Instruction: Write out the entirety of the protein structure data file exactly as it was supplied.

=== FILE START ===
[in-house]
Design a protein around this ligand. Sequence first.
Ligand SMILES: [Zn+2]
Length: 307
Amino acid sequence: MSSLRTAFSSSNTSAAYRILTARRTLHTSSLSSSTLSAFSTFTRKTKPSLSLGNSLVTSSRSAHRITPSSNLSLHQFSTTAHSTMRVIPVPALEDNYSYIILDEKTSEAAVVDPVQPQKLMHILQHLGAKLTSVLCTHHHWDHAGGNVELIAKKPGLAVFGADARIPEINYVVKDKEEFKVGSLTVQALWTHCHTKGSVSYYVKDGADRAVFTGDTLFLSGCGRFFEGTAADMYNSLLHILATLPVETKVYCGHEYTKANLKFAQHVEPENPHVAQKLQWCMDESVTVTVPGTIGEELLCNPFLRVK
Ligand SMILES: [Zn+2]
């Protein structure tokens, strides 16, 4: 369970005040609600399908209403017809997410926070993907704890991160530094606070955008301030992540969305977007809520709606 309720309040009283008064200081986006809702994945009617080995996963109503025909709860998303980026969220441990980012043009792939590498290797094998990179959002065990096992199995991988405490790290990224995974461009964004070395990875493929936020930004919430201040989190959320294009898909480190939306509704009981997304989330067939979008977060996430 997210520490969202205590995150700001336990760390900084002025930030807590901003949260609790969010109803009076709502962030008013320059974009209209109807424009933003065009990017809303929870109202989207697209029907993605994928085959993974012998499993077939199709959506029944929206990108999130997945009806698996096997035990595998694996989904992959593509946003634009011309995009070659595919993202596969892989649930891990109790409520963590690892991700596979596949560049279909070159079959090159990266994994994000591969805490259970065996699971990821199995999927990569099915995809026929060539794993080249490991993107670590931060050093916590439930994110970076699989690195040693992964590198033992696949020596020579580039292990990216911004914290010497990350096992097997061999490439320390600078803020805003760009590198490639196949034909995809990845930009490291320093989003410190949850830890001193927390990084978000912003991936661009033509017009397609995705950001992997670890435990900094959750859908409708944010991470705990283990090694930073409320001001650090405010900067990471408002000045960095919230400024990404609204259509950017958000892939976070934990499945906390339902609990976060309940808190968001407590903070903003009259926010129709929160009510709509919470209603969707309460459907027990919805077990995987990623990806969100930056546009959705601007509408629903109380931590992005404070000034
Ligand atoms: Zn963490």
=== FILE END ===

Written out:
[in-house]
Design a protein around this ligand. Sequence first.
Ligand SMILES: [Zn+2]
Length: 307
Amino acid sequence: MSSLRTAFSSSNTSAAYRILTARRTLHTSSLSSSTLSAFSTFTRKTKPSLSLGNSLVTSSRSAHRITPSSNLSLHQFSTTAHSTMRVIPVPALEDNYSYIILDEKTSEAAVVDPVQPQKLMHILQHLGAKLTSVLCTHHHWDHAGGNVELIAKKPGLAVFGADARIPEINYVVKDKEEFKVGSLTVQALWTHCHTKGSVSYYVKDGADRAVFTGDTLFLSGCGRFFEGTAADMYNSLLHILATLPVETKVYCGHEYTKANLKFAQHVEPENPHVAQKLQWCMDESVTVTVPGTIGEELLCNPFLRVK
Ligand SMILES: [Zn+2]
């Protein structure tokens, strides 16, 4: 369970005040609600399908209403017809997410926070993907704890991160530094606070955008301030992540969305977007809520709606 309720309040009283008064200081986006809702994945009617080995996963109503025909709860998303980026969220441990980012043009792939590498290797094998990179959002065990096992199995991988405490790290990224995974461009964004070395990875493929936020930004919430201040989190959320294009898909480190939306509704009981997304989330067939979008977060996430 997210520490969202205590995150700001336990760390900084002025930030807590901003949260609790969010109803009076709502962030008013320059974009209209109807424009933003065009990017809303929870109202989207697209029907993605994928085959993974012998499993077939199709959506029944929206990108999130997945009806698996096997035990595998694996989904992959593509946003634009011309995009070659595919993202596969892989649930891990109790409520963590690892991700596979596949560049279909070159079959090159990266994994994000591969805490259970065996699971990821199995999927990569099915995809026929060539794993080249490991993107670590931060050093916590439930994110970076699989690195040693992964590198033992696949020596020579580039292990990216911004914290010497990350096992097997061999490439320390600078803020805003760009590198490639196949034909995809990845930009490291320093989003410190949850830890001193927390990084978000912003991936661009033509017009397609995705950001992997670890435990900094959750859908409708944010991470705990283990090694930073409320001001650090405010900067990471408002000045960095919230400024990404609204259509950017958000892939976070934990499945906390339902609990976060309940808190968001407590903070903003009259926010129709929160009510709509919470209603969707309460459907027990919805077990995987990623990806969100930056546009959705601007509408629903109380931590992005404070000034
Ligand atoms: Zn963490």